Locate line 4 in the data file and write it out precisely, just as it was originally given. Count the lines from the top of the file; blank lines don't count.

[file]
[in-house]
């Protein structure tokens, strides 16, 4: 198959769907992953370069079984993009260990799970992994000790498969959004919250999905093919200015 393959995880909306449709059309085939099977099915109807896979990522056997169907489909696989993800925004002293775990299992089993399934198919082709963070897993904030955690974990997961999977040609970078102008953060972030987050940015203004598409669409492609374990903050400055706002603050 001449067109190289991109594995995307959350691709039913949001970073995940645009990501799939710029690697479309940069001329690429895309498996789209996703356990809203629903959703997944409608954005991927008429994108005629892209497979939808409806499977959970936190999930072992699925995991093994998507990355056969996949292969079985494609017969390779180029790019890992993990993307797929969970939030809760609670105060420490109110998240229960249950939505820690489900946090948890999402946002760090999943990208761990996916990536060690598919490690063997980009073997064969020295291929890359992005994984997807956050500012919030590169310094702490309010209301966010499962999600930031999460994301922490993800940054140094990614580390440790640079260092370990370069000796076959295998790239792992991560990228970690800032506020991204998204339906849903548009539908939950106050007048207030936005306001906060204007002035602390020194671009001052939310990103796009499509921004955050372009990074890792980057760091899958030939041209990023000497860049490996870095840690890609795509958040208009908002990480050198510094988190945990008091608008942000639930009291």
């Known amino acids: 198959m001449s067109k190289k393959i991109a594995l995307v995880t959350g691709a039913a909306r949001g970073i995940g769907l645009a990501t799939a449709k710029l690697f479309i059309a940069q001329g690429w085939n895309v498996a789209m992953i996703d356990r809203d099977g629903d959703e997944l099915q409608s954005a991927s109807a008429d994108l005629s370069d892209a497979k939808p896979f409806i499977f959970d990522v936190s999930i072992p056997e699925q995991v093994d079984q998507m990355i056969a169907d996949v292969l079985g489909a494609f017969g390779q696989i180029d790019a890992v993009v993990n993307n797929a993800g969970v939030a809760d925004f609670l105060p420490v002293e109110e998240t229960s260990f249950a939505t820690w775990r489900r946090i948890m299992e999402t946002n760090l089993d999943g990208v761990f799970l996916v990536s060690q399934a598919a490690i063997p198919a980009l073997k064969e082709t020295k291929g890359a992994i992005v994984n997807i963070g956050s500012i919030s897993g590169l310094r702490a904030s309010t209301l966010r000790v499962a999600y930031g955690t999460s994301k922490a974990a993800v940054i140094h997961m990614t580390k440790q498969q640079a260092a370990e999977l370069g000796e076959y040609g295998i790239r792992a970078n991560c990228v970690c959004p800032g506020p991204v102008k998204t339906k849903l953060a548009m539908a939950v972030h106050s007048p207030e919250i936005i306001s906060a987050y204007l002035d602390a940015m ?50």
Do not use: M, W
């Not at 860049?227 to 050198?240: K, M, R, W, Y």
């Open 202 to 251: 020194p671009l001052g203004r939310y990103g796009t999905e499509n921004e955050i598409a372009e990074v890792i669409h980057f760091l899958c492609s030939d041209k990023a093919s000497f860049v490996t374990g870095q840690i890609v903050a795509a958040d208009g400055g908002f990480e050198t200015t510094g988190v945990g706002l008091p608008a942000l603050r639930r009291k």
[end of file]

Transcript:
Do not use: M, W